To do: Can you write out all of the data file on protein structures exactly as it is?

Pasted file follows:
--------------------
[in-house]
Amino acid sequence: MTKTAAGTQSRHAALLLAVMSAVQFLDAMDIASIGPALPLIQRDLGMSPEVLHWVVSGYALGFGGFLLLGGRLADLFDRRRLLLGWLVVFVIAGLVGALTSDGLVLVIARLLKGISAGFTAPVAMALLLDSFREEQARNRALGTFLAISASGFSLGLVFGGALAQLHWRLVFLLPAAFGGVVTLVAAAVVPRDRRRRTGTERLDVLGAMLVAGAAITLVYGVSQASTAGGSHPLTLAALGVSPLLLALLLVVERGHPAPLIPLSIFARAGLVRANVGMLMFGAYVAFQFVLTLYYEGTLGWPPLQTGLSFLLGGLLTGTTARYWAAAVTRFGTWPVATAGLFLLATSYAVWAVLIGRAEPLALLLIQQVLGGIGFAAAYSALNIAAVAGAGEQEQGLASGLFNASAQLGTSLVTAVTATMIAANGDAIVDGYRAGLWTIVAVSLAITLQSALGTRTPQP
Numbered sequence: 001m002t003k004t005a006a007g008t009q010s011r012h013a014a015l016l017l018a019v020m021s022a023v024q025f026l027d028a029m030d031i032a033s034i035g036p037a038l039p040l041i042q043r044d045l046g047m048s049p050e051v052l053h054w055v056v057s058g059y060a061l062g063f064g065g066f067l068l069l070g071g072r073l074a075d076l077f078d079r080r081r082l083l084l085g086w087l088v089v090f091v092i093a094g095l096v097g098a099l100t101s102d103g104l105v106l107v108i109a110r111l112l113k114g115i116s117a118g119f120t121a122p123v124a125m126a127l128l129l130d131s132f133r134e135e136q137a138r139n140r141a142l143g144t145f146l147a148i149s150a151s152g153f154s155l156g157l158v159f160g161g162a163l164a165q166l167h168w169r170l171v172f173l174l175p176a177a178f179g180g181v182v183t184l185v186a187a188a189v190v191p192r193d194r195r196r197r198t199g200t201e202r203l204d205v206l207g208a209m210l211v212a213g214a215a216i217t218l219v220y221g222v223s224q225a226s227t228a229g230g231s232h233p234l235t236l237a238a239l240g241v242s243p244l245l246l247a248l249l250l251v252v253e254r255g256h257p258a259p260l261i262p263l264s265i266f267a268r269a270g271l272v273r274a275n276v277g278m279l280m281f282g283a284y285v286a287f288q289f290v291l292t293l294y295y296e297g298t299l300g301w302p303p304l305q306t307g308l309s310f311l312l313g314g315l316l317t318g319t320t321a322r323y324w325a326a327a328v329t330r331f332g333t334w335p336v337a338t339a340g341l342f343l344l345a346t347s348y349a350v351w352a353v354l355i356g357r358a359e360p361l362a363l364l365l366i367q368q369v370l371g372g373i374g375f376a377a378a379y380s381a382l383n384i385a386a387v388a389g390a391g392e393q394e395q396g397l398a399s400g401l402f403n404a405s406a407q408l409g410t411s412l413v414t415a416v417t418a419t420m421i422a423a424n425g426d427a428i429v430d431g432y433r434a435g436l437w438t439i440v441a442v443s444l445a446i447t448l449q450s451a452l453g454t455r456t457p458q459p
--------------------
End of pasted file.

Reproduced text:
[in-house]
Amino acid sequence: MTKTAAGTQSRHAALLLAVMSAVQFLDAMDIASIGPALPLIQRDLGMSPEVLHWVVSGYALGFGGFLLLGGRLADLFDRRRLLLGWLVVFVIAGLVGALTSDGLVLVIARLLKGISAGFTAPVAMALLLDSFREEQARNRALGTFLAISASGFSLGLVFGGALAQLHWRLVFLLPAAFGGVVTLVAAAVVPRDRRRRTGTERLDVLGAMLVAGAAITLVYGVSQASTAGGSHPLTLAALGVSPLLLALLLVVERGHPAPLIPLSIFARAGLVRANVGMLMFGAYVAFQFVLTLYYEGTLGWPPLQTGLSFLLGGLLTGTTARYWAAAVTRFGTWPVATAGLFLLATSYAVWAVLIGRAEPLALLLIQQVLGGIGFAAAYSALNIAAVAGAGEQEQGLASGLFNASAQLGTSLVTAVTATMIAANGDAIVDGYRAGLWTIVAVSLAITLQSALGTRTPQP
Numbered sequence: 001m002t003k004t005a006a007g008t009q010s011r012h013a014a015l016l017l018a019v020m021s022a023v024q025f026l027d028a029m030d031i032a033s034i035g036p037a038l039p040l041i042q043r044d045l046g047m048s049p050e051v052l053h054w055v056v057s058g059y060a061l062g063f064g065g066f067l068l069l070g071g072r073l074a075d076l077f078d079r080r081r082l083l084l085g086w087l088v089v090f091v092i093a094g095l096v097g098a099l100t101s102d103g104l105v106l107v108i109a110r111l112l113k114g115i116s117a118g119f120t121a122p123v124a125m126a127l128l129l130d131s132f133r134e135e136q137a138r139n140r141a142l143g144t145f146l147a148i149s150a151s152g153f154s155l156g157l158v159f160g161g162a163l164a165q166l167h168w169r170l171v172f173l174l175p176a177a178f179g180g181v182v183t184l185v186a187a188a189v190v191p192r193d194r195r196r197r198t199g200t201e202r203l204d205v206l207g208a209m210l211v212a213g214a215a216i217t218l219v220y221g222v223s224q225a226s227t228a229g230g231s232h233p234l235t236l237a238a239l240g241v242s243p244l245l246l247a248l249l250l251v252v253e254r255g256h257p258a259p260l261i262p263l264s265i266f267a268r269a270g271l272v273r274a275n276v277g278m279l280m281f282g283a284y285v286a287f288q289f290v291l292t293l294y295y296e297g298t299l300g301w302p303p304l305q306t307g308l309s310f311l312l313g314g315l316l317t318g319t320t321a322r323y324w325a326a327a328v329t330r331f332g333t334w335p336v337a338t339a340g341l342f343l344l345a346t347s348y349a350v351w352a353v354l355i356g357r358a359e360p361l362a363l364l365l366i367q368q369v370l371g372g373i374g375f376a377a378a379y380s381a382l383n384i385a386a387v388a389g390a391g392e393q394e395q396g397l398a399s400g401l402f403n404a405s406a407q408l409g410t411s412l413v414t415a416v417t418a419t420m421i422a423a424n425g426d427a428i429v430d431g432y433r434a435g436l437w438t439i440v441a442v443s444l445a446i447t448l449q450s451a452l453g454t455r456t457p458q459p